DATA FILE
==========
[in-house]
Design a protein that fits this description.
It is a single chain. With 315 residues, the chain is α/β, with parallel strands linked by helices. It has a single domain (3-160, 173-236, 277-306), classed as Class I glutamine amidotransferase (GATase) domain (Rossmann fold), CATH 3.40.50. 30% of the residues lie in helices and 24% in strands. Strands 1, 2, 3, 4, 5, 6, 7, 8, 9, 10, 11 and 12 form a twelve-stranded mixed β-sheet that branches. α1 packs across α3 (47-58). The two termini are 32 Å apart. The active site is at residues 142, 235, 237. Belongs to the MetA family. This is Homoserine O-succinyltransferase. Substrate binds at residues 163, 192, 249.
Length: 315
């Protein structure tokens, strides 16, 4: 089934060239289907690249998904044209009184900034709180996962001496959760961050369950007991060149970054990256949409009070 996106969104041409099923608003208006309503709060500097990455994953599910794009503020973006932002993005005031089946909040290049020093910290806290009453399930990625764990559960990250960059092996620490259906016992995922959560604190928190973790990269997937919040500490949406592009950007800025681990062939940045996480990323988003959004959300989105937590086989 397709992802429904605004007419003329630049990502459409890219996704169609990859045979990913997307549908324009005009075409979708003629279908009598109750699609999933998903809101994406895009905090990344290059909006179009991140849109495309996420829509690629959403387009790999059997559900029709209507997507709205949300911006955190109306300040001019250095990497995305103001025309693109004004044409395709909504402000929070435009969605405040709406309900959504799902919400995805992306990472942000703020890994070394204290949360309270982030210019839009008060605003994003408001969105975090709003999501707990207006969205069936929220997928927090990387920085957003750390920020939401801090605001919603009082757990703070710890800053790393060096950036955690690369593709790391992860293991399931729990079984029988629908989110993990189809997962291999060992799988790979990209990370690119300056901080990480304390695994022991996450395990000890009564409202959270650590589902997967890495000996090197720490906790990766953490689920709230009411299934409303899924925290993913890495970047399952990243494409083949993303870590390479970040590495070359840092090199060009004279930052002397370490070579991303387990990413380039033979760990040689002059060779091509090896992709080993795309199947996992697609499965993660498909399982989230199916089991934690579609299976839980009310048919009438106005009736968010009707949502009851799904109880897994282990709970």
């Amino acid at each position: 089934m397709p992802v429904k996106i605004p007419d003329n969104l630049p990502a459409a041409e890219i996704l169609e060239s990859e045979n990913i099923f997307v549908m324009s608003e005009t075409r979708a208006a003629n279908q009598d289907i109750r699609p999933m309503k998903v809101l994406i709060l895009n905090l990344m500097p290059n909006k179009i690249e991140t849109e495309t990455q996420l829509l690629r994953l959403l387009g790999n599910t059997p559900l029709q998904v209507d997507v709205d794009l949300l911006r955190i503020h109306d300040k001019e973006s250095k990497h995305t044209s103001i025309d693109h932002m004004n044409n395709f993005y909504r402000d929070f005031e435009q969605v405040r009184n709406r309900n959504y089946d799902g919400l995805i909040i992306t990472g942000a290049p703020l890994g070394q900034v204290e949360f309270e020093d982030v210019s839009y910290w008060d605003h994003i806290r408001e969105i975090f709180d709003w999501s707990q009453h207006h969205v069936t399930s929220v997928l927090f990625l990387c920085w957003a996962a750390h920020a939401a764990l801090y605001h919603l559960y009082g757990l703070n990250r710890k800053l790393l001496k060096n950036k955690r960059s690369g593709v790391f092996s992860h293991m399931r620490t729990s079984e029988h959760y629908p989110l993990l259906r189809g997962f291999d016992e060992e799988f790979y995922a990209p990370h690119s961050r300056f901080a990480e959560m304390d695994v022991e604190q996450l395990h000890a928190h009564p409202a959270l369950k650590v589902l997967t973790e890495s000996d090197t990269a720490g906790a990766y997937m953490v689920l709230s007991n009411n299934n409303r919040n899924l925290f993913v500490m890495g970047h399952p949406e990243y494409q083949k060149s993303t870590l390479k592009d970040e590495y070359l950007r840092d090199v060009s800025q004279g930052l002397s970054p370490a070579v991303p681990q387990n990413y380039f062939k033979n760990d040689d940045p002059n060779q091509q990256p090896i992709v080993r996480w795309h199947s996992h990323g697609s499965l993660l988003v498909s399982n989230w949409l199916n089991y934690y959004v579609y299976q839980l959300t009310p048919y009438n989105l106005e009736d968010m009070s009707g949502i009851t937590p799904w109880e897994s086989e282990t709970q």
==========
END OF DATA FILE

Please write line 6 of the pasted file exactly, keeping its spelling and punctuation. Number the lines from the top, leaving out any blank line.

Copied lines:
């Amino acid at each position: 089934m397709p992802v429904k996106i605004p007419d003329n969104l630049p990502a459409a041409e890219i996704l169609e060239s990859e045979n990913i099923f997307v549908m324009s608003e005009t075409r979708a208006a003629n279908q009598d289907i109750r699609p999933m309503k998903v809101l994406i709060l895009n905090l990344m500097p290059n909006k179009i690249e991140t849109e495309t990455q996420l829509l690629r994953l959403l387009g790999n599910t059997p559900l029709q998904v209507d997507v709205d794009l949300l911006r955190i503020h109306d300040k001019e973006s250095k990497h995305t044209s103001i025309d693109h932002m004004n044409n395709f993005y909504r402000d929070f005031e435009q969605v405040r009184n709406r309900n959504y089946d799902g919400l995805i909040i992306t990472g942000a290049p703020l890994g070394q900034v204290e949360f309270e020093d982030v210019s839009y910290w008060d605003h994003i806290r408001e969105i975090f709180d709003w999501s707990q009453h207006h969205v069936t399930s929220v997928l927090f990625l990387c920085w957003a996962a750390h920020a939401a764990l801090y605001h919603l559960y009082g757990l703070n990250r710890k800053l790393l001496k060096n950036k955690r960059s690369g593709v790391f092996s992860h293991m399931r620490t729990s079984e029988h959760y629908p989110l993990l259906r189809g997962f291999d016992e060992e799988f790979y995922a990209p990370h690119s961050r300056f901080a990480e959560m304390d695994v022991e604190q996450l395990h000890a928190h009564p409202a959270l369950k650590v589902l997967t973790e890495s000996d090197t990269a720490g906790a990766y997937m953490v689920l709230s007991n009411n299934n409303r919040n899924l925290f993913v500490m890495g970047h399952p949406e990243y494409q083949k060149s993303t870590l390479k592009d970040e590495y070359l950007r840092d090199v060009s800025q004279g930052l002397s970054p370490a070579v991303p681990q387990n990413y380039f062939k033979n760990d040689d940045p002059n060779q091509q990256p090896i992709v080993r996480w795309h199947s996992h990323g697609s499965l993660l988003v498909s399982n989230w949409l199916n089991y934690y959004v579609y299976q839980l959300t009310p048919y009438n989105l106005e009736d968010m009070s009707g949502i009851t937590p799904w109880e897994s086989e282990t709970q």